As eyes are on the US Fed minutes release later today, spare a thought for the Bank of England quietly celebrating (if you can call it that) a decade of dovishness. It may not feel like it has been that long but today marks a decade since the last interest rate rise for the UK. The 12 months prior to this (between 2006 and 2007) saw 5 hikes to a peak of 5.75% on the 5th July 2007. It wasn’t long before the subprime mortgage crisis contaminated global markets with the Bank of England cutting rates 3 times to settle at 5% for a while, only to see an international banking crisis ensue, plunging rates across the world. After 6 lurching cuts the UK’s base rate finally settled at a mere 0.5%. Then for around 7 years markets have been anticipating these ultra-low rates to be phased out; but in August last year the BoE cut the rate again in half to 0.25% following the vote on Brexit. There it has remained for the past year, with interest rates 23x less than a decade ago.
As the era of low rates continues to be prolonged beyond past expectations - with economies still struggling to spur growth - some investors are cautious about what reaction the first rate rise in a decade could bring. But if the US Fed case study is anything to go by, markets are rightly becoming increasingly focused on the longer term trajectory of rates rather than getting agitated over what could either be considered a potential doubling of the base rate or be viewed as a nominal 25bps rise. With the last MPC vote being 3-5 for a rise and inflation now running at 2.9%, this could be enough to invert the vote distribution. BoE Chief Economist Andy Haldane has become increasingly hawkish and publically so, and last week BoE Governor Mark Carney stated, ‘some removal of monetary stimulus is likely to become necessary’. Carney alone joining Forbes, McCafferty and Saunders would be enough to carry a hike decision.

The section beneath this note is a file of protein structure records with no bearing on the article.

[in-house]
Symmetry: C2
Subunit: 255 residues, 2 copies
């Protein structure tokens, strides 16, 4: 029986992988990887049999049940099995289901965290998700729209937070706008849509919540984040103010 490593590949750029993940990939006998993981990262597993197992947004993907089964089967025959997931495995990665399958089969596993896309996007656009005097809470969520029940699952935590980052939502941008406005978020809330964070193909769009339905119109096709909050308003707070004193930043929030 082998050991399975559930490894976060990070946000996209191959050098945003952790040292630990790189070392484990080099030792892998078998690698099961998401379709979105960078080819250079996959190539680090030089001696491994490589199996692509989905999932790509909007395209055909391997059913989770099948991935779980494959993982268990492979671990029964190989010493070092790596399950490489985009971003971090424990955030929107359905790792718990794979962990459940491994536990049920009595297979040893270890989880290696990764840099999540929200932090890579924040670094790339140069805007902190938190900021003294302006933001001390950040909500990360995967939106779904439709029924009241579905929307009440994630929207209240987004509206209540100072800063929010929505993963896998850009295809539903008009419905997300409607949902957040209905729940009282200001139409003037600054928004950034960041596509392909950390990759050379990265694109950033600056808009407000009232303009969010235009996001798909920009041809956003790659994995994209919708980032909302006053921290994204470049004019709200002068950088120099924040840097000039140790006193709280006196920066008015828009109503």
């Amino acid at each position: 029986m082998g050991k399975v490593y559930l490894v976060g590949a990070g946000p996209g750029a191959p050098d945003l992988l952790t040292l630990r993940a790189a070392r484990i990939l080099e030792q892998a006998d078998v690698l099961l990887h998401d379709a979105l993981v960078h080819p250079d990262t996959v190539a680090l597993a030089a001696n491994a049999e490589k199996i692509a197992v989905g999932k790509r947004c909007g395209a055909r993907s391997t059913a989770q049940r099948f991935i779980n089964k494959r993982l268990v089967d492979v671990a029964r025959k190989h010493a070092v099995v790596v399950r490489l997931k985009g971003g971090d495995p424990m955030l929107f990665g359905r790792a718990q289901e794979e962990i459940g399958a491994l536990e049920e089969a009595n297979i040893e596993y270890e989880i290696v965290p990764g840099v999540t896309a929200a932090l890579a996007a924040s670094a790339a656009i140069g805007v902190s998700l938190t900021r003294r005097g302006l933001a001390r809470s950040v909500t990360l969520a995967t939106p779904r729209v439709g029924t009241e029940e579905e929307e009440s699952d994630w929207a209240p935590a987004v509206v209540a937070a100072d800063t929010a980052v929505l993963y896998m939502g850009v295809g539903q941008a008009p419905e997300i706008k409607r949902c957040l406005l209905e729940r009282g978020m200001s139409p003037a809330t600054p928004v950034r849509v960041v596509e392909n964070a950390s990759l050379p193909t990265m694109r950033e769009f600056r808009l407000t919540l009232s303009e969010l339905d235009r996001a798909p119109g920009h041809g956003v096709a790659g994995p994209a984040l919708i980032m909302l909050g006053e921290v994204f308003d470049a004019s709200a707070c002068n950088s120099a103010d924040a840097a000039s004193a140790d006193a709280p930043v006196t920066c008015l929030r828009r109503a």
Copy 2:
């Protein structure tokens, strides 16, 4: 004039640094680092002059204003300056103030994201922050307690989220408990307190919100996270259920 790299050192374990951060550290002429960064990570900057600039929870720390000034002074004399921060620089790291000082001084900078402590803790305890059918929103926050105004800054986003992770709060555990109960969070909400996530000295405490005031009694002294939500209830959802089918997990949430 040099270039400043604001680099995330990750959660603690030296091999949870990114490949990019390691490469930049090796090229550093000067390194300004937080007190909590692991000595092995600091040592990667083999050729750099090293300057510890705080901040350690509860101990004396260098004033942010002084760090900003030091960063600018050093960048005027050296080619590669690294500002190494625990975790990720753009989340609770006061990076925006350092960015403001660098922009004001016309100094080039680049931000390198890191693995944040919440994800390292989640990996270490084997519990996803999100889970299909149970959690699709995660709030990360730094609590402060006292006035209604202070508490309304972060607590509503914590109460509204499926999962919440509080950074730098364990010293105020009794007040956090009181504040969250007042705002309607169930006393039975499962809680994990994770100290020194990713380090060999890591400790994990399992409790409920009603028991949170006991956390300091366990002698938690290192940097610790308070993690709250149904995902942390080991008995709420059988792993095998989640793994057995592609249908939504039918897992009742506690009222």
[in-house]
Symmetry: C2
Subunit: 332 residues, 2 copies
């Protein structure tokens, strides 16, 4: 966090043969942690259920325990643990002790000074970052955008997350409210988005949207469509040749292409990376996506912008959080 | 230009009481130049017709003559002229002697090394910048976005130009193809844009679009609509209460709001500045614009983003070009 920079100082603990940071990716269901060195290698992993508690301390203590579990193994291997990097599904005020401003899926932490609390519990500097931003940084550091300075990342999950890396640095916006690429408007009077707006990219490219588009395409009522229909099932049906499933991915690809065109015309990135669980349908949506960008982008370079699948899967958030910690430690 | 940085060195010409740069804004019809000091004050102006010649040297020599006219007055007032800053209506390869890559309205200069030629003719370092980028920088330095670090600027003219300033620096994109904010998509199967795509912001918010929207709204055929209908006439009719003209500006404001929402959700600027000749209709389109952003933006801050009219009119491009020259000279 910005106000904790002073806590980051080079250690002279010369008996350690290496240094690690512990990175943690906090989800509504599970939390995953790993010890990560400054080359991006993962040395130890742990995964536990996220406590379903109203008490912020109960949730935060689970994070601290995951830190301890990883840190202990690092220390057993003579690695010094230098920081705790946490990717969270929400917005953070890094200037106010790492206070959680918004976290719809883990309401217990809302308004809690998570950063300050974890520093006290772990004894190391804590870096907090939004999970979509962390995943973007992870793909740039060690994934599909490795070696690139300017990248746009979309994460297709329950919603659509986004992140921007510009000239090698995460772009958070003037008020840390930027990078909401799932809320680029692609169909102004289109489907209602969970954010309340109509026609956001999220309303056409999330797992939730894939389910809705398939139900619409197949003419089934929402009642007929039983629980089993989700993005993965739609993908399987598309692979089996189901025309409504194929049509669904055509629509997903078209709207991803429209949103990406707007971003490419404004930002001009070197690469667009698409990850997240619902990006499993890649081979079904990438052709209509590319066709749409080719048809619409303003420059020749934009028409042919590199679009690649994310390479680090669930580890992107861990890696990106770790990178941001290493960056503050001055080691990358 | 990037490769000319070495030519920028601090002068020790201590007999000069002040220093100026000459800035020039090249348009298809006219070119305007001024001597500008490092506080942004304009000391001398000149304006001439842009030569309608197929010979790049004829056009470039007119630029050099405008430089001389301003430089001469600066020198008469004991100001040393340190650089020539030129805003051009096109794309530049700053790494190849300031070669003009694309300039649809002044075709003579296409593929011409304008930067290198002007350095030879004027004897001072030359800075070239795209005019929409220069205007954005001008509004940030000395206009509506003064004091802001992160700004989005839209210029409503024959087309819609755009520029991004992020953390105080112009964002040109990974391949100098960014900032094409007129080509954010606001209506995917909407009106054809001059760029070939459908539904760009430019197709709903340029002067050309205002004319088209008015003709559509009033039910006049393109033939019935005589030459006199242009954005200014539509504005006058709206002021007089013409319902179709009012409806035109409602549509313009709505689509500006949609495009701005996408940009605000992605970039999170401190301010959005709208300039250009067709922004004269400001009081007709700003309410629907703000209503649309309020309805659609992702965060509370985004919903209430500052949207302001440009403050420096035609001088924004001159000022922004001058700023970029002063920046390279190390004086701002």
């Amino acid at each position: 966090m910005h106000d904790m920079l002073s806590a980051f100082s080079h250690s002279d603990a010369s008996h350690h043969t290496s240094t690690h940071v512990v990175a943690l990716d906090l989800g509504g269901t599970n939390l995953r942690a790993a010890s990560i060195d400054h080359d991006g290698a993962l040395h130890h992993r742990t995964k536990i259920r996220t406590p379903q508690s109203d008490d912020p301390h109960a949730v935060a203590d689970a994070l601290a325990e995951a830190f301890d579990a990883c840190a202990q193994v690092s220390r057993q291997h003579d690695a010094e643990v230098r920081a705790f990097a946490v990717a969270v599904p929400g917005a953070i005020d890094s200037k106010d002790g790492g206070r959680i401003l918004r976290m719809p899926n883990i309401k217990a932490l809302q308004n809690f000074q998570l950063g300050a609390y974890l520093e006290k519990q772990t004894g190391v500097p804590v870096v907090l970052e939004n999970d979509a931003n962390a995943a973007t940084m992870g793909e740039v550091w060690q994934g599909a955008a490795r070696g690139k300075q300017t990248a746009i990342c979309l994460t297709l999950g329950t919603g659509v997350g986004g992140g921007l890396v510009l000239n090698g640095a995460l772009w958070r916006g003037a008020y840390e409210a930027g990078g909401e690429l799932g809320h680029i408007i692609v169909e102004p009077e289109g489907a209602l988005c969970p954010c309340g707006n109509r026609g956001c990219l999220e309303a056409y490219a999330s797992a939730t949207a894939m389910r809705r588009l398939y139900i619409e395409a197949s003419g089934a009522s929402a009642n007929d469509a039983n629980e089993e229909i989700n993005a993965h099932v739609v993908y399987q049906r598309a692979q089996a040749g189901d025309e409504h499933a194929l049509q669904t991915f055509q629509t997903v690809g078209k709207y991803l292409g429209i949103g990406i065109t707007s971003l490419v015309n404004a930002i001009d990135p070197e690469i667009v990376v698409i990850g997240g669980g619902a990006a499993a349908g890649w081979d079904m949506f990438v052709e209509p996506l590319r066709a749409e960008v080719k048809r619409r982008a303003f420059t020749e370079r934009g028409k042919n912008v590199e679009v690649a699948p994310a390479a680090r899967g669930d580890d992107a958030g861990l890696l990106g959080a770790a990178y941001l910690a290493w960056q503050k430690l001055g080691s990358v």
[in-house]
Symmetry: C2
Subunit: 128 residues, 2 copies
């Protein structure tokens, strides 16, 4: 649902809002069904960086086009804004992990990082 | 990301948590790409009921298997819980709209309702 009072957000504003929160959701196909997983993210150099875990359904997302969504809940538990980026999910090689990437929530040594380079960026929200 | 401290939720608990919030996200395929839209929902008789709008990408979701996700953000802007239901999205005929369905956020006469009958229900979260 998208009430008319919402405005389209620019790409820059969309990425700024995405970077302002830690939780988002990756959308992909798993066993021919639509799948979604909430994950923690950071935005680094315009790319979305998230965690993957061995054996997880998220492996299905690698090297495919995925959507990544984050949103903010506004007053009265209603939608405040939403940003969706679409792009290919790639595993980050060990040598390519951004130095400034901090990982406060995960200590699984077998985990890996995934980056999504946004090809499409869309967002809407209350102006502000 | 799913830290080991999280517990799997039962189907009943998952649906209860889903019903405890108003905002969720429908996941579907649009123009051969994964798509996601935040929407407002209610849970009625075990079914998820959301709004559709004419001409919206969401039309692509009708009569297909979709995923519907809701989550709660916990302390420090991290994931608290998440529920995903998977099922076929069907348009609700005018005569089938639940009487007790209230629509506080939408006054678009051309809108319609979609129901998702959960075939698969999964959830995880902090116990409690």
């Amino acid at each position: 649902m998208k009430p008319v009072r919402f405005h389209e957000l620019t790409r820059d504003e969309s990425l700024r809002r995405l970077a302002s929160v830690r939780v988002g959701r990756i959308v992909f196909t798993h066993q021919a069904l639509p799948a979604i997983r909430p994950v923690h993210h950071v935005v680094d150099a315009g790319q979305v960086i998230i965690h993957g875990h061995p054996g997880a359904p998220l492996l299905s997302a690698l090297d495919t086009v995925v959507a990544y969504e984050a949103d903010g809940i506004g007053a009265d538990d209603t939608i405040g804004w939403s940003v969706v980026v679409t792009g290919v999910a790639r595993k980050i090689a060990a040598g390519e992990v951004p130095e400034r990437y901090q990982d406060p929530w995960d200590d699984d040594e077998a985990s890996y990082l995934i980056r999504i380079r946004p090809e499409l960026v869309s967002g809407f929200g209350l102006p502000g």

The ongoing concern of course is the modest economic data; GDP growth for the first quarter was just 0.2% and average earning growth is just half what it was a decade ago. Adding to this are the uncertainties of Brexit and many other declining signals such as today’s slowing service sector growth and car sales figures. With a slowing economy the MPC will likely be near glacial in their trajectory as they look for how consumer spending reacts to the straits of rising rates, rising inflation and weaker wage growth.
Accounting for all these realities we still see attractive value in parts of the bond market. Not in the ‘high yield’ space where the name is not really accurate anymore but where the high risks remain in the face of even slight rises in interest rates and tightening of credit conditions. Not in the ‘low yield’ and ‘negative yield’ space where the absence of a spread cushion makes them more proportionately vulnerable to even a minor hike. Contrastingly a portfolio of diversified high grade credit which has a cushion in the spread from creditor nations that do not have to outgrow their vast debts still yields around 4%, with the potential for further gains from our relative value investment process that targets undervalued securities.